Megalomedia - Wake up to your news

Tuesday, July 26, 2005

The Post takes selling out to a whole new level

It finally happened. When I was the editor-in-chief of Carleton University's independent weekly newspaper the Charlatan, I was approached on more than one occasion by our advertising department with requests from adveritisers to put ads on our cover. The requests ranged from simple banner ads (the likes of which appear at the bottom of most major daily papers) to one extreme request to wrap the paper in an ad. It appears the Post had less restraint than us. This is not the front page of the paper, despite what you might think. The paper is actually wrapped with a Mazda ad, which covers the entire back page and half of the front. Here's the kicker though, they actually ran the left half of their masthead on the ad page. So you pick up the paper, and the masthead runs seamlessly across the front page, but the left half runs over an ad, while the right half runs over the exposed part of their A1. Unreal. It's probably hard to visualize, so I'll try to find a way to get a picture of it up here as soon as I can. UPDATE: Here it is: But my favourite part of the whole debacle is that above the masthead on the ad half, they tried to further the illusion by including their standard teaser - to a story about Mars developing chocolate-flavoured candy with a photo of a Mars bar accompanying it. At least Mazada paid for their ad. Your news, brought to you by Mazda and Mars. Peter Worthington doesn't know when to shut up After his callous "in Britain, police now shoot suspects. Good," line yesterday, Worthington skipped his chance to move on somewhat gracefully by penning this piece of shit. He suggests that police in London had no choice, given that the guy was wearing a heavy coat and ran from police. Uh Peter, you forgot to point out that they were undercover cops. That's a pretty substantial fact to ignore. Imagine you're a brown person in a city gripped with xenophobia after a spate of bombings. You're in a subway station when suddenly a group of gun-toting white men in plain clothes starts screaming at you and running at you. I don't have the time (I'm doing the MediaScout again today) or energy to disect all of Worthington's points, you'll have to wade through his alarmist, racist diatribe yourself. My personal favourite part is where he blames Muslims for the policy that led to the shooting of an innocent man. Is it all bad? Thankfully, no. Fifth Estate and Globe and Mail veteran Ron Haggart penned a Megalomedia-esque piece on the coverage of the shooting in today's Globe. Read it and love it, right here. Okay, that's good for today. Don't forget to check out the Scout for more sparkling insight.

10 Comments:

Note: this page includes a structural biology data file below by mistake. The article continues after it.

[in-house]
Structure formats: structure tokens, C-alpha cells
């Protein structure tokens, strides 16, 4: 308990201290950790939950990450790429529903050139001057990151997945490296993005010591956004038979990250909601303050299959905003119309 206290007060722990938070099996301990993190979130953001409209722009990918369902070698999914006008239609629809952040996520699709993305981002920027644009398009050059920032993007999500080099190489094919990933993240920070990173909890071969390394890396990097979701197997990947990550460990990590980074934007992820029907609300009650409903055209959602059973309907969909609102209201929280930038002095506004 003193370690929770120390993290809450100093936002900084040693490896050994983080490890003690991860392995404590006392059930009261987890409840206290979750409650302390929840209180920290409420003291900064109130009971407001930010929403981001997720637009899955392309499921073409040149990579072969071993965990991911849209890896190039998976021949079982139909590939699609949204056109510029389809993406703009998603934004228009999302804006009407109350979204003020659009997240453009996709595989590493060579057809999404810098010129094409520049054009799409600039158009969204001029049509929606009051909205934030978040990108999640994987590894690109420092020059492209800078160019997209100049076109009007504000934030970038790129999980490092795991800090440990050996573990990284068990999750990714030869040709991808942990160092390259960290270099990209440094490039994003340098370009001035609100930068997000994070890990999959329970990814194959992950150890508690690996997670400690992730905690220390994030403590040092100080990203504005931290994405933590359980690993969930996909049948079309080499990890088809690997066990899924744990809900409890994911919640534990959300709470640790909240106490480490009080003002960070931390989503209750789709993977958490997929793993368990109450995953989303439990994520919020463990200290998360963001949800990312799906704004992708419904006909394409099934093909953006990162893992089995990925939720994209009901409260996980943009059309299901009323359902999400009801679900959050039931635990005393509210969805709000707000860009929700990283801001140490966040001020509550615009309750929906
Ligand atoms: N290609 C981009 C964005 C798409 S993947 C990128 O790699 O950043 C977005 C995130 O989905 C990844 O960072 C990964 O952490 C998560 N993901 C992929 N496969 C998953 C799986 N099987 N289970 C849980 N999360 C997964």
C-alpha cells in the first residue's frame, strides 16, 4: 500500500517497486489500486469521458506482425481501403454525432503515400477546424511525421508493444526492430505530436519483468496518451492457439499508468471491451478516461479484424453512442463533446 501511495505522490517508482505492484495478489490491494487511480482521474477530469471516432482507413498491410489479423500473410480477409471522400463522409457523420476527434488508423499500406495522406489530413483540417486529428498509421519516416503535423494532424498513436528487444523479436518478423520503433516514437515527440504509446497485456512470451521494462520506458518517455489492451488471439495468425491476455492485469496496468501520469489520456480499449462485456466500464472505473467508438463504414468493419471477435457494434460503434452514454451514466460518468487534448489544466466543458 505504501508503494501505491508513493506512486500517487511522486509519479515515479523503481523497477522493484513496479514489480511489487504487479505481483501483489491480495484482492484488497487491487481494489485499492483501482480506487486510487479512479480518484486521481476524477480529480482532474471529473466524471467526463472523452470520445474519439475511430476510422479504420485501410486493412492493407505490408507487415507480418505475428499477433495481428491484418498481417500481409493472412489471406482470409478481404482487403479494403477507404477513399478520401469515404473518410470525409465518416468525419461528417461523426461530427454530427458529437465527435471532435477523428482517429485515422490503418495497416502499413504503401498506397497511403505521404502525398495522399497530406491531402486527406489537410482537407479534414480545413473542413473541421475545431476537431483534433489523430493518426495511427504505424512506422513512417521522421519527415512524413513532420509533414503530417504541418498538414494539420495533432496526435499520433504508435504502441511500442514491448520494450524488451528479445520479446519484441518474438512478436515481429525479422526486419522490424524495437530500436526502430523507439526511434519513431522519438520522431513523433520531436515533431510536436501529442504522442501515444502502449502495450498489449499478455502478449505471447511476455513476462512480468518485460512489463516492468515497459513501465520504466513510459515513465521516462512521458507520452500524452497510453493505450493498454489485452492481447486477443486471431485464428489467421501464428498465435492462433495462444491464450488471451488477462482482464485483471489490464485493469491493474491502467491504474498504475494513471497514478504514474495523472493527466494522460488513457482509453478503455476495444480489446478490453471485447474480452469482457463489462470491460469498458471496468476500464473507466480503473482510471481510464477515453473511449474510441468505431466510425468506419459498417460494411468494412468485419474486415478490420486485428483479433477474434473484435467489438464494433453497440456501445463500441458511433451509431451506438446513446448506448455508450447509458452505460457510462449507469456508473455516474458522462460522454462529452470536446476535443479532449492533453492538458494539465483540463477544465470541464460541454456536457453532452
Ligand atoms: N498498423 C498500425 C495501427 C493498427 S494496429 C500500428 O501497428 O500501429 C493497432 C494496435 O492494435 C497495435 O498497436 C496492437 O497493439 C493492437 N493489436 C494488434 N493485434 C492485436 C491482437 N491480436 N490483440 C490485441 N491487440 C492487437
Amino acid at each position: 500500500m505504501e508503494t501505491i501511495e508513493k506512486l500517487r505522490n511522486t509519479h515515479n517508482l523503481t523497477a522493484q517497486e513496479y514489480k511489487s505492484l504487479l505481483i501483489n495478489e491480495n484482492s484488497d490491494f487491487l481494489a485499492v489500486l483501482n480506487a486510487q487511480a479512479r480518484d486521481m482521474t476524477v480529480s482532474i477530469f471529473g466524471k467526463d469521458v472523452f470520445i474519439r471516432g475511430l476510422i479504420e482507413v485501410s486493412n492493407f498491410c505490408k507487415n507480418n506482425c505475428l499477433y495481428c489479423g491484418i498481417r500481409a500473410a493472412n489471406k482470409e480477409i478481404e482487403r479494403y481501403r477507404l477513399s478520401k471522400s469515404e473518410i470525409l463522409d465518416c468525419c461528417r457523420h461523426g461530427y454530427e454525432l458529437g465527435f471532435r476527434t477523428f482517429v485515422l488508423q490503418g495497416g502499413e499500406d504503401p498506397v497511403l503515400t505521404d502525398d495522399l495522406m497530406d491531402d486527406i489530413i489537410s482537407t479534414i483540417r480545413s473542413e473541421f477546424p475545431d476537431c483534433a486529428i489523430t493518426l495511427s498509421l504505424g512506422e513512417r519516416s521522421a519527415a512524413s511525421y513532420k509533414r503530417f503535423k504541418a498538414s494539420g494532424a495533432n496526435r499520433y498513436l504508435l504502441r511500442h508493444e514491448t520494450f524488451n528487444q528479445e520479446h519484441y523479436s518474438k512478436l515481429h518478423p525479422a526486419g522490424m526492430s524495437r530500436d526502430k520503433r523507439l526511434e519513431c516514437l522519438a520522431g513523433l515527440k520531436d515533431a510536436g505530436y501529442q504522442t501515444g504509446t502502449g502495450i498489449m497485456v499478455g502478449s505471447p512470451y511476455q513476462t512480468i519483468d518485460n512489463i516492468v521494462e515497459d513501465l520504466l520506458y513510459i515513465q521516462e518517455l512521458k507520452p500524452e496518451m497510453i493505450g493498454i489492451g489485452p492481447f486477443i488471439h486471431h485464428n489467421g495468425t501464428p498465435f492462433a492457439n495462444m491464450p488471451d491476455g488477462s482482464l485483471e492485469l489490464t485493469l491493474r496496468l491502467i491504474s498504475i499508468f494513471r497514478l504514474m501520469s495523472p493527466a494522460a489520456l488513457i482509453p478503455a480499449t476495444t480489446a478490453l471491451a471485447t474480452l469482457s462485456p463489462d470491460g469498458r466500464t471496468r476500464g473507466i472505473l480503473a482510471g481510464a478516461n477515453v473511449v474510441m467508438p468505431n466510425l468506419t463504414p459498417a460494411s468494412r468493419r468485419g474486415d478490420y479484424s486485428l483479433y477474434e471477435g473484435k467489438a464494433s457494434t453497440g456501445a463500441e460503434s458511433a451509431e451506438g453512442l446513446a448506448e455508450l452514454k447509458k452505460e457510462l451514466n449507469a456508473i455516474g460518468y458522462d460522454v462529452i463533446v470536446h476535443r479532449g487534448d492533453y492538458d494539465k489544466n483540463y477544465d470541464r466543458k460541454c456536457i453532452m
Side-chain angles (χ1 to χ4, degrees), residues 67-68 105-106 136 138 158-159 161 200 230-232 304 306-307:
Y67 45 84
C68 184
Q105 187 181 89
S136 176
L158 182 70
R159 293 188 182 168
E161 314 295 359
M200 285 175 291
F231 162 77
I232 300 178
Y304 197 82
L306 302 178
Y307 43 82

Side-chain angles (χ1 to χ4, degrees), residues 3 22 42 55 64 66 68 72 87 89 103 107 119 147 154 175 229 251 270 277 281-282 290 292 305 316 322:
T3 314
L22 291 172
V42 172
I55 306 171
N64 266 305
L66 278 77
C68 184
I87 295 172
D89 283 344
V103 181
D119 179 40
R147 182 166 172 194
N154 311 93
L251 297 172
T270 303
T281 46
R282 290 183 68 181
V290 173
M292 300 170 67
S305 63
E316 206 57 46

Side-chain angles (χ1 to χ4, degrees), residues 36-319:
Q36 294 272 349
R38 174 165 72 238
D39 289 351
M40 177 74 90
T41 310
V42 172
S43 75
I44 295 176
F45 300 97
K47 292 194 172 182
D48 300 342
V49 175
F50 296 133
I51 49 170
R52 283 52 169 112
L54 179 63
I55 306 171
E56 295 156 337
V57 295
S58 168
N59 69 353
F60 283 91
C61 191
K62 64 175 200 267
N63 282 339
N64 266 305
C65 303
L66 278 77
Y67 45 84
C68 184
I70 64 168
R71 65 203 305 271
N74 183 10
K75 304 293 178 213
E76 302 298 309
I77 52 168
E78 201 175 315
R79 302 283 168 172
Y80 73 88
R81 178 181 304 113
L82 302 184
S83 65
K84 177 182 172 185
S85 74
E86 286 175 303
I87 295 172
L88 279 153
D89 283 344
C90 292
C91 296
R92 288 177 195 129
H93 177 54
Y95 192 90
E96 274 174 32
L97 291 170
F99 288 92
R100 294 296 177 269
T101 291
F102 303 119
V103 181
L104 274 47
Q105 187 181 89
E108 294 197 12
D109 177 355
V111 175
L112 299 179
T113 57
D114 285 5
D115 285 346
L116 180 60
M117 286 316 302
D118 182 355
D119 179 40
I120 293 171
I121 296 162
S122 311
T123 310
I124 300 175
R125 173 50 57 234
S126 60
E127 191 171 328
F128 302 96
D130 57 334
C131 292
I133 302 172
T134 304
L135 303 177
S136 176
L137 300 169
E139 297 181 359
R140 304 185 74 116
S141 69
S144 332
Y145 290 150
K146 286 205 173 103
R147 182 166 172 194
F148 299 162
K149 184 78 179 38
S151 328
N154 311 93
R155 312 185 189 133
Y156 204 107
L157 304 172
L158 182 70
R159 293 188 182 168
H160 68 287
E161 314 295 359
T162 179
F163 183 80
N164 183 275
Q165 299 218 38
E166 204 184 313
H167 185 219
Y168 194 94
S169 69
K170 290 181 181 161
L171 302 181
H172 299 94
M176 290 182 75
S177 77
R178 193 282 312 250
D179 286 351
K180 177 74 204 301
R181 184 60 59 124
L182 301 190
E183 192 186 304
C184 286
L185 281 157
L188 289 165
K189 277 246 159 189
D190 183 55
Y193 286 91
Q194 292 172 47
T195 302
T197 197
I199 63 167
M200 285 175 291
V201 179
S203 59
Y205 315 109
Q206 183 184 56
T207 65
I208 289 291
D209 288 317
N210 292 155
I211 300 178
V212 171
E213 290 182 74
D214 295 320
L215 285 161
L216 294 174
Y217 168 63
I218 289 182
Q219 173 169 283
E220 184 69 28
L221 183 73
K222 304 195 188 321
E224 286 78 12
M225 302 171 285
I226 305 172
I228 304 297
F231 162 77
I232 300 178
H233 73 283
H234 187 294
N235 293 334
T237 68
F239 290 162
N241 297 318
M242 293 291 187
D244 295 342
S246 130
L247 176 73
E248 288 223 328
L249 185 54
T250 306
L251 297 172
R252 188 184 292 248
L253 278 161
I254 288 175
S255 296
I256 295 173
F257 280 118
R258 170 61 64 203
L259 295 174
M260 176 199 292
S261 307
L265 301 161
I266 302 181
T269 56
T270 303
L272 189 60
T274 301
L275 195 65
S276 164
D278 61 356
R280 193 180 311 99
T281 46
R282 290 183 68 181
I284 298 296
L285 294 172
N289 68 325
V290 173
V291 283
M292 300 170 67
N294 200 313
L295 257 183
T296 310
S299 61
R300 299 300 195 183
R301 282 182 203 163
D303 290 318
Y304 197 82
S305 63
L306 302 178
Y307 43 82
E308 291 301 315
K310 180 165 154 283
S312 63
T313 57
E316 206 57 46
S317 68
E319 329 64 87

• I'm sure that Ron would love that you called his work "Megalomediaesque".

    Also, advertising in, on or around newspapers isn't the heinous act you seem to think it is. So the paper is wrapped in a mazda ad? Big deal. Like it or not, newspapers are nothing more than advertising mediums. If they were news sources, they would be the Internet.

    By Blogger Ryan, at 9:46 AM  

  • Mmmm... sorry Ryan, that's a load of crap. Newspapers have perhaps BECOME advertising mediums because of things such as this that have been allowed to happen, but they are not and should not be as such. Just because technology has moved to such a pace that we can have updates every five minutes about stories in locations as far away as Tokyo or as close as Toronto does not invalidate the printed medium as a mode of information transmission.

    It is a big deal that Mazda decided that for even one day they wanted to "own" the news. Until people start to realize that there are boundaries on what is ok and what is not when it comes to advertising (and ads alone are not "evil" or anything - I'm not arguing that, I'm arguing for appropriateness, so don't get all ornery about people slamming the bad ol' ad guys) we are just going to suffer from agendas being imposed on news organizations. Corporate politics are not disconnected to what gets printed, no matter how "conspiricy theory" you might think that is.

    By Anonymous Melissa, at 11:27 AM  

  • Yes, Ryan, we all know the Internet is one of the most credible and advertising-free media in the world. Incidentally, I have a crate of penis enlargement pills to sell you.

    By Anonymous Phronetic Man, at 1:15 PM  

  • The NP coming wrapped in a Mazda ad is not Mazda "owning the news". It is Mazda advertising on a newspaper.

    I might remind you that I work in PR, so I don't really have to be reminded that advertising has a direct impact on what gets printed, but that's not an issue here. Whether they pay $250,000 to wrap the paper or $250,000 on a page and a half of ads inside, they still have the same leverage.

    By your argument (and sort of Joe's) newspapers should be totally without advertising. Hey - maybe they should, but they're not. On the outside or on the inside is completely irrelevant to ethics or news or anything like that.

    And Phronetic Man - I wasn't saying that the Internet was without bias or advertising... What I was saying is that newspapers are a useless medium in terms of reporting the news. They're slow, they're expensive and they just create garbage. There are some upsides to having a print edition, but largely the only reason that anyone prints papers anymore is because they are a tremendous revenue source.